Your Sexts are Sh*t: Older, Better Letters – Royal Exchange Studio

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Every generation harbours the misguided belief that it alone has truly discovered sex and that hitherto it was a purely functional affair. Rachel Mars kicks this myth resoundingly into touch in her new show Your Sexts are Sh*t: Older Better Letters. Indeed, juxtaposing sexts with steamy love letters dating back to the 18th century, Mars exposes the relative banality of contemporary expressions of desire.

She opens the show with a reading from James Joyce, who, as she says, was heavily into bums. His letters to Nora Barnacle are replete with scatalogical images, fantasies and entreaties – as is the letter that follows, from Mozart to his cousin Marianne. Unashamedly explicit and intimate, these missives were clearly intended only for the eyes of the recipients – rather than the ears of a theatre audience – so there is an uncomfortably prurient flavour to all this. However, it’s difficult not to acknowledge that these lengthy and graphic outpourings have some merit in comparison with their modern day sexting descendant; “Tell me things while I poop.”

The letters are (thankfully) not all about arses and farts; some are humorous and some are quite poetic. All positively ooze carnality. The erotic eloquence of ‘older, better letters’ prompts Mars to reflect on the letters she herself would like to write to a new lover. She considers not only the specific content but also the way in which such letters would provide the opportunity to “construct the me that I want you to receive”, and, in turn, for the mutual construction of an ‘us’. For Mars, it feels like letter-writing offers the possibility of a more profound sexual connection.

Furthermore, Mars is aware that the power of the letter extends beyond the words on the page. Displays of a short extract from each historic letter on an overhead projector screen remind us that the hard copy form – the paper and handwriting – additionally carries a direct physical sense of the writer. This enhances the erotic impact in a way that is simply not available on SMS.

Random 21st century sexts are, of course, easy targets compared with writing from the likes of Georgia O’Keeffe, Frida Kahlo, Charles Bukowski, Gertrude Stein, Marcel Proust and Eleanor Roosevelt. If they were alive today, it is hard not to wonder if they and their love affairs might also fall victim to the attenuating force of instant communications technology. (I simply refuse to believe, however, that any of them would be reduced to “Want to get pregnant?” or “Wow, congratulations on your penis.”)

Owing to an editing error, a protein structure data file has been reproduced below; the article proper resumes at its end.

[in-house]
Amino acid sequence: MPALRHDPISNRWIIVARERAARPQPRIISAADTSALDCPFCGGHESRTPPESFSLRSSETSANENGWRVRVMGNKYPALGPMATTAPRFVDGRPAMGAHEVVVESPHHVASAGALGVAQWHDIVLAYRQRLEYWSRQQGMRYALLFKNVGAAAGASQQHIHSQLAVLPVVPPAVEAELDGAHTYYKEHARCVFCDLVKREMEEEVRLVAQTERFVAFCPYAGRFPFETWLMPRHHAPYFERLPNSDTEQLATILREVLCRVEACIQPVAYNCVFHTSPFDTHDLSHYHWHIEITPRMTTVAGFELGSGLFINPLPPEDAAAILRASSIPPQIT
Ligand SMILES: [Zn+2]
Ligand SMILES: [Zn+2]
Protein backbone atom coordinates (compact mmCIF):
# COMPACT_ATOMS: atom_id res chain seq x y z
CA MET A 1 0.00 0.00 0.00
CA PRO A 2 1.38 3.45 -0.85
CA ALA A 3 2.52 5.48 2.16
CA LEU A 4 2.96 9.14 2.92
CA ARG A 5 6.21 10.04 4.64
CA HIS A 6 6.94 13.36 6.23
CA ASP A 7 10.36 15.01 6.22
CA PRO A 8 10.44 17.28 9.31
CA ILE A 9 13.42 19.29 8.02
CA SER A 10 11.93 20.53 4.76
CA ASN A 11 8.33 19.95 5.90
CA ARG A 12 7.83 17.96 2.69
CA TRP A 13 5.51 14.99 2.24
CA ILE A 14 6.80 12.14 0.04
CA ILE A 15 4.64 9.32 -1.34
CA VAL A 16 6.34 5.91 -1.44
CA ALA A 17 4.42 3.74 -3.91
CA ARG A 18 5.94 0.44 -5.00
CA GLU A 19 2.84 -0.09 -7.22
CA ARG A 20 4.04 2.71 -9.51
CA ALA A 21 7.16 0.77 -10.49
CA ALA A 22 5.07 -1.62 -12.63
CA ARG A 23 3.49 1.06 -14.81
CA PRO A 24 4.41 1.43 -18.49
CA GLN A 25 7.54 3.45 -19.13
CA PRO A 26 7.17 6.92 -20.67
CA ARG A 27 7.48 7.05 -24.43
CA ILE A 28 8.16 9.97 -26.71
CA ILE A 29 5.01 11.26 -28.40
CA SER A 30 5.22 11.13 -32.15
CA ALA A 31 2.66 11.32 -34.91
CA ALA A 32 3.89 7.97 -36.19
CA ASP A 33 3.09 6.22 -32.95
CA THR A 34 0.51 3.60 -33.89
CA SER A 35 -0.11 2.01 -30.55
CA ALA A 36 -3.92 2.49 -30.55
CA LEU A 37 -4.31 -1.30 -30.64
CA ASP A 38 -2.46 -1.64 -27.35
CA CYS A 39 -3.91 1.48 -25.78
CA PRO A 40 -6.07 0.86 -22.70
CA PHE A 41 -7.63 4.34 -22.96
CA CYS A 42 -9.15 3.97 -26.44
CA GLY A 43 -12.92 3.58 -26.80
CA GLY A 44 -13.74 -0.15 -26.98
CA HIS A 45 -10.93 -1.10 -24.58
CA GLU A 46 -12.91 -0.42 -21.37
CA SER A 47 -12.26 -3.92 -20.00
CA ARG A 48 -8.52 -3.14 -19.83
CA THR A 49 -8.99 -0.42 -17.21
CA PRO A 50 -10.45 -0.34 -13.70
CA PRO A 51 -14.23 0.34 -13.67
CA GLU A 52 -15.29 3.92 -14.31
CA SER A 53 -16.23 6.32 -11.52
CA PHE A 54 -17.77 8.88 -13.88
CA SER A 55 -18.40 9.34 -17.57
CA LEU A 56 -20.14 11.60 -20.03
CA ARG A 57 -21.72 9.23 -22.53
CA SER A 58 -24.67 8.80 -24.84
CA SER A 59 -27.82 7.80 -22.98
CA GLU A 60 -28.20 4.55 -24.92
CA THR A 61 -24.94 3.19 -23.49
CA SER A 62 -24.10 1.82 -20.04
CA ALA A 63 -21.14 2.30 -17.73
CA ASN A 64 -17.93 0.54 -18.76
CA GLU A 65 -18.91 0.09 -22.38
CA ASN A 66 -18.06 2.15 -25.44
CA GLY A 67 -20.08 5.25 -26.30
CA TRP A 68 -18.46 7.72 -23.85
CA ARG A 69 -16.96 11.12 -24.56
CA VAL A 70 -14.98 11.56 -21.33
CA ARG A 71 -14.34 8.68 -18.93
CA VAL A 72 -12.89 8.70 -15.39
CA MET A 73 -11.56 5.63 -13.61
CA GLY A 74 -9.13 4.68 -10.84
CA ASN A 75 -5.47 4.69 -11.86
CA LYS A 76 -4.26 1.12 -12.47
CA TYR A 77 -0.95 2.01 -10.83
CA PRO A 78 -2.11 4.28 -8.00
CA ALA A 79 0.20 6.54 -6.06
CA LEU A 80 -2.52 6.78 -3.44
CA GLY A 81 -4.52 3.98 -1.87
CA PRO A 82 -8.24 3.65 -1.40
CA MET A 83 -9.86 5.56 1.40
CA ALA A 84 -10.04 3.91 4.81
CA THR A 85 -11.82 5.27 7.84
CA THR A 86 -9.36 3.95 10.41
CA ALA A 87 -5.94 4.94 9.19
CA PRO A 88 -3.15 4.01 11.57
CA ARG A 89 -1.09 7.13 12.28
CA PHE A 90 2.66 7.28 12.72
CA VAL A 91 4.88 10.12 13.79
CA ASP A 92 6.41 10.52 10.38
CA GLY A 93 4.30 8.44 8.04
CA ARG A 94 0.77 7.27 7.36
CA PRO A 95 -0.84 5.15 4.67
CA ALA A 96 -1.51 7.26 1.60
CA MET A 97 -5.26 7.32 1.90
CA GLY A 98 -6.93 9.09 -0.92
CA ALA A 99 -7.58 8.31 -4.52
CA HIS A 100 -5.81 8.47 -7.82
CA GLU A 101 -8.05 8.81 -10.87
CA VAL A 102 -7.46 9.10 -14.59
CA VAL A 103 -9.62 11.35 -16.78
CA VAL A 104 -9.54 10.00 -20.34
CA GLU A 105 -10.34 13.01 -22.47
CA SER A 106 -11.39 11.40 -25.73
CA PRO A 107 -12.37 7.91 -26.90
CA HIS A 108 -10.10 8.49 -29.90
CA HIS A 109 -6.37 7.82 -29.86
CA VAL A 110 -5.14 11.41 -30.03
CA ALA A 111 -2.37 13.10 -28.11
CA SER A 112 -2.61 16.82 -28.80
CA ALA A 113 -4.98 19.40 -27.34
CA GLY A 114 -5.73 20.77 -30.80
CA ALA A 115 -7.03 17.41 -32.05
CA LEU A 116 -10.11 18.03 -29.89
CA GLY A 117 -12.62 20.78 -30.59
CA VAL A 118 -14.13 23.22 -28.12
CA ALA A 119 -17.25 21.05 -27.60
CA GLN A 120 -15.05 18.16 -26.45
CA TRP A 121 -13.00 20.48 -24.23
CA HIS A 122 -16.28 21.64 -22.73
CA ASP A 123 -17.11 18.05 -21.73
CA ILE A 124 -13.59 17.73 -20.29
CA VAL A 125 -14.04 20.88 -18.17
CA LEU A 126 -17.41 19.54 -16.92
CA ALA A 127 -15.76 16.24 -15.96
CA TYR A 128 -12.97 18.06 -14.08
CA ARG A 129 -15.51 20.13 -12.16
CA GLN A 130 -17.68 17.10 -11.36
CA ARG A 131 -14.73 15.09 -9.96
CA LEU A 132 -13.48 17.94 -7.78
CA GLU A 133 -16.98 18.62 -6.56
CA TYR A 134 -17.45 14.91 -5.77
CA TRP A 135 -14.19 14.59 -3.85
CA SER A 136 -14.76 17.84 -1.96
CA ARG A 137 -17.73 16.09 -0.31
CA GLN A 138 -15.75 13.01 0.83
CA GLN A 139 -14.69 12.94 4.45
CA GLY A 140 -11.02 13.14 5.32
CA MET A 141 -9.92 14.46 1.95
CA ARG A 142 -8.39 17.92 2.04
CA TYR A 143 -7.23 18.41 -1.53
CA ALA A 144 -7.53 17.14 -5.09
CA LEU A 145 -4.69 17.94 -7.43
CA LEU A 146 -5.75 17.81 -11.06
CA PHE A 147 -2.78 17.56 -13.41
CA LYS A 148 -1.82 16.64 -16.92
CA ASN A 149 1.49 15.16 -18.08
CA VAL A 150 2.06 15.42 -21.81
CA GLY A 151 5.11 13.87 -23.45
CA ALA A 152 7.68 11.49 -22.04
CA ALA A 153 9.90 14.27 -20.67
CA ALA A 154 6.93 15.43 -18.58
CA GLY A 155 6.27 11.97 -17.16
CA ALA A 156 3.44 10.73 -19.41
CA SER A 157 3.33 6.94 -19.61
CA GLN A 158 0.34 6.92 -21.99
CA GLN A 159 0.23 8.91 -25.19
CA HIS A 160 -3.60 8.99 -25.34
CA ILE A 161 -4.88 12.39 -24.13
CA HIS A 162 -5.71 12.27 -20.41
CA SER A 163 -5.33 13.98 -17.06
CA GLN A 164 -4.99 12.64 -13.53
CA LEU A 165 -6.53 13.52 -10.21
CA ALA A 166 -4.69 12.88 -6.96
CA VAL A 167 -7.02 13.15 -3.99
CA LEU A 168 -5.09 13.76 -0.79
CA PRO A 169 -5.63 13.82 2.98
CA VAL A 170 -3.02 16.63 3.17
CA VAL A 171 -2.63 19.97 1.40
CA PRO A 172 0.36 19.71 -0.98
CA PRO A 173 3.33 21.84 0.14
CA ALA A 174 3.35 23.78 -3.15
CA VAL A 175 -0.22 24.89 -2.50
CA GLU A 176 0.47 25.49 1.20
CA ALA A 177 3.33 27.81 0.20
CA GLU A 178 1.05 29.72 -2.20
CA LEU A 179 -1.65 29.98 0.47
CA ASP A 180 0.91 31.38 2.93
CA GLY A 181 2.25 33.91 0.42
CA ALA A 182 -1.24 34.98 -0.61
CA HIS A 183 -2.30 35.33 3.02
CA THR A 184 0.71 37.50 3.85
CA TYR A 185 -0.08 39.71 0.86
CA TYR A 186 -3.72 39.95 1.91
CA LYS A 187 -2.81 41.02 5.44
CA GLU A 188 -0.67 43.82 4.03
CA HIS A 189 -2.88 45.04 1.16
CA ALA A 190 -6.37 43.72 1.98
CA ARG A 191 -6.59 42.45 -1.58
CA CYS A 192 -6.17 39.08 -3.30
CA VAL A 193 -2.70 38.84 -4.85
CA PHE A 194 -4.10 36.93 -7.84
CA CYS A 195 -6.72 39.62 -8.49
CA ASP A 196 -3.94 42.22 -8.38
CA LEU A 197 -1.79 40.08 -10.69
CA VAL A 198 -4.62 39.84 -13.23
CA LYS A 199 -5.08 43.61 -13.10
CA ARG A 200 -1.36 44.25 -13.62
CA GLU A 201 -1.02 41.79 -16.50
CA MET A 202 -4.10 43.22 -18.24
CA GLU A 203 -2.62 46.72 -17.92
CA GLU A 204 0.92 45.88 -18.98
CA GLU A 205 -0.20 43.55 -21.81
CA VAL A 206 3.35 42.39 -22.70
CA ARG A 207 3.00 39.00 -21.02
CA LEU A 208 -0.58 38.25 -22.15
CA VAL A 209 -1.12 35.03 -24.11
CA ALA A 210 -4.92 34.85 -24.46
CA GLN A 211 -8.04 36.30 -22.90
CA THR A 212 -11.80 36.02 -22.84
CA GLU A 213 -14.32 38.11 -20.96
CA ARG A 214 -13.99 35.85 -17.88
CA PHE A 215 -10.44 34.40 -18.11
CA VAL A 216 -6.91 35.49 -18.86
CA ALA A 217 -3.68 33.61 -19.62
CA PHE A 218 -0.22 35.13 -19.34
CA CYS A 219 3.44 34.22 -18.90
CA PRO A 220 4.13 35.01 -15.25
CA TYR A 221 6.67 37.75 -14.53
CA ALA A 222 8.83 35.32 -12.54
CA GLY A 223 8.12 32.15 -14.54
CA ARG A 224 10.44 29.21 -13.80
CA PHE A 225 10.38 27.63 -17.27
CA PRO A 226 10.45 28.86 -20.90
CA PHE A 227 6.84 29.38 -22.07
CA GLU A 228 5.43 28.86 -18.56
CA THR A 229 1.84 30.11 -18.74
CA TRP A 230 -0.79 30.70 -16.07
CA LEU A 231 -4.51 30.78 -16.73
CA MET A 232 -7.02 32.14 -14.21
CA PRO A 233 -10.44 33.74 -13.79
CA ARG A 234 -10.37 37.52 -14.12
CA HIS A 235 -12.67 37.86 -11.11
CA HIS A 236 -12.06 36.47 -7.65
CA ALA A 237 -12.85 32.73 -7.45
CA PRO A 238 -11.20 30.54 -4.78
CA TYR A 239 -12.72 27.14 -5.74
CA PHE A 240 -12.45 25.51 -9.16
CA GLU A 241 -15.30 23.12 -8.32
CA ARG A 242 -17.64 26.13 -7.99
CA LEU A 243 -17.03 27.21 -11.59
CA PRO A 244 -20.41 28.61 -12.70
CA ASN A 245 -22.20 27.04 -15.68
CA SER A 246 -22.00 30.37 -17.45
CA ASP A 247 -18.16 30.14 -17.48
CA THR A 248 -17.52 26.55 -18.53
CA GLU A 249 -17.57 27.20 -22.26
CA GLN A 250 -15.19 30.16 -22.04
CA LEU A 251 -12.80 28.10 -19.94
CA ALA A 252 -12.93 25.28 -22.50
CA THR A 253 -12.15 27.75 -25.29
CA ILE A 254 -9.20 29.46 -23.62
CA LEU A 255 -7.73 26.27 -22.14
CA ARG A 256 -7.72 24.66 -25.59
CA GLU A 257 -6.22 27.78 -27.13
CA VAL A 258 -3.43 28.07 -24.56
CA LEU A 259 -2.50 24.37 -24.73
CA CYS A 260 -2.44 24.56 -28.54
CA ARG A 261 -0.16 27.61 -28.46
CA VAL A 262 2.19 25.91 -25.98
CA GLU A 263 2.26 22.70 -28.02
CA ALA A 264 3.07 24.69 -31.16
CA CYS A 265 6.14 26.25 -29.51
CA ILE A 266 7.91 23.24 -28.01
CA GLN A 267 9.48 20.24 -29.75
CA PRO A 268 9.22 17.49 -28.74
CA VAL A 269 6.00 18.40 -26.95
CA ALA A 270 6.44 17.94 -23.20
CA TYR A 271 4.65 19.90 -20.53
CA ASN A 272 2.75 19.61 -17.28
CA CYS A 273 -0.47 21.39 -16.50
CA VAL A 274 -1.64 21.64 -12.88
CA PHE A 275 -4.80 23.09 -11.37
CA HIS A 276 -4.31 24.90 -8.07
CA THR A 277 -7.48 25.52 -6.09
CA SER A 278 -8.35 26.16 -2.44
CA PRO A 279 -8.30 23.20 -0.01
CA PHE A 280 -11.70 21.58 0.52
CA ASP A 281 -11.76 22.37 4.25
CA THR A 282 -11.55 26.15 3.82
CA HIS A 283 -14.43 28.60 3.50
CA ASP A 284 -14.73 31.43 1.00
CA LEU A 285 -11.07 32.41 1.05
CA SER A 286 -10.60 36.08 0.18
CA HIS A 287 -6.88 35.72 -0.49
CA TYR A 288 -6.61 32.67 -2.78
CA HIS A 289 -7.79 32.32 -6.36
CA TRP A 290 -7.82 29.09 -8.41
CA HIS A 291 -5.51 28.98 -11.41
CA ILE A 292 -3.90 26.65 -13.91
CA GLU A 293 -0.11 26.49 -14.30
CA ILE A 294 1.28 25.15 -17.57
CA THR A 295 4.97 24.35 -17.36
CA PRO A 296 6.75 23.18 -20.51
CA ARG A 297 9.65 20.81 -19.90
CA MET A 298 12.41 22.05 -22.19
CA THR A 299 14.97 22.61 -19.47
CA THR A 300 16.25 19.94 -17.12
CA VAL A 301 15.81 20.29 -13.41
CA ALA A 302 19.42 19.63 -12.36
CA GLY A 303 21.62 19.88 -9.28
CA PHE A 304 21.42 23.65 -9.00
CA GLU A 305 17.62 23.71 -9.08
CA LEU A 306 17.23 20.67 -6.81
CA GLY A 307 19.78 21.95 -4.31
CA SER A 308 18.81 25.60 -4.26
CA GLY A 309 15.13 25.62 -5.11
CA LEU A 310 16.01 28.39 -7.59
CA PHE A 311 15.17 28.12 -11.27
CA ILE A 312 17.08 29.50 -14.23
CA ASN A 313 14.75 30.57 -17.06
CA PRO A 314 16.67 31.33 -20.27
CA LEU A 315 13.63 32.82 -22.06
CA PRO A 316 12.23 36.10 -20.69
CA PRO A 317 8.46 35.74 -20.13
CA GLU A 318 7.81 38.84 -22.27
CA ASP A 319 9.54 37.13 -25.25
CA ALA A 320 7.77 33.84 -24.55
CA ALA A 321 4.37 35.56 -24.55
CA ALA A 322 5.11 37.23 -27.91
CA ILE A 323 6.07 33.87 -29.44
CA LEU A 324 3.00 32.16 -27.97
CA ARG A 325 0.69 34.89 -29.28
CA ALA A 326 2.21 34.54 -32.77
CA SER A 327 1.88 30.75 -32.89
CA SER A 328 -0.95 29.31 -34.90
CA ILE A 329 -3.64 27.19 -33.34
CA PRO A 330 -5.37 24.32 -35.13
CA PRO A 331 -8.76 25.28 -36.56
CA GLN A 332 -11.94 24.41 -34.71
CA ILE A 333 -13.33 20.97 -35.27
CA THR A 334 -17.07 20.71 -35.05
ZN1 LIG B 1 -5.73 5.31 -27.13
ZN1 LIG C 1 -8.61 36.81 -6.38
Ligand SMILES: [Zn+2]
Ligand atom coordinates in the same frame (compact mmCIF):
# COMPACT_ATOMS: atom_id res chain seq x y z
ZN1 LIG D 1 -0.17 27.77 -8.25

By the end of the show, we are left in no doubt about the erotic cost involved in the demise of the love letter. Yet this is not the end of the story. Mars concludes with a series of sexts pleading for a desire that can withstand the passion-draining pressures of domesticity and life crises. These one-liners initially appear to have all the prosaic qualities that have been scathingly observed throughout the show. Gradually, however, both tenderness and passion become discernible and it begins to feel like poetry. It may not be James Joyce, but there is both hopefulness and poignancy here (and no mention of farts, which, in my book, is a plus.)

Rachel Mars’ delivery is wonderfully precise and nuanced – which perfectly complements the in-yer-face nature of the content. The pacing feels a little off;  I ‘get it’ fairly quickly and, after a while, the ‘dirty letters’ novelty fades and it becomes a little repetitive. Nevertheless, Your Sexts are Sh*t is a timely and provocative piece of theatre, prompting us – like Dante or Die’s wonderful User Not Found – to reflect on the implications of our digital world and how it impacts upon our relationships.

 

Photograph: Maurizio Martorana


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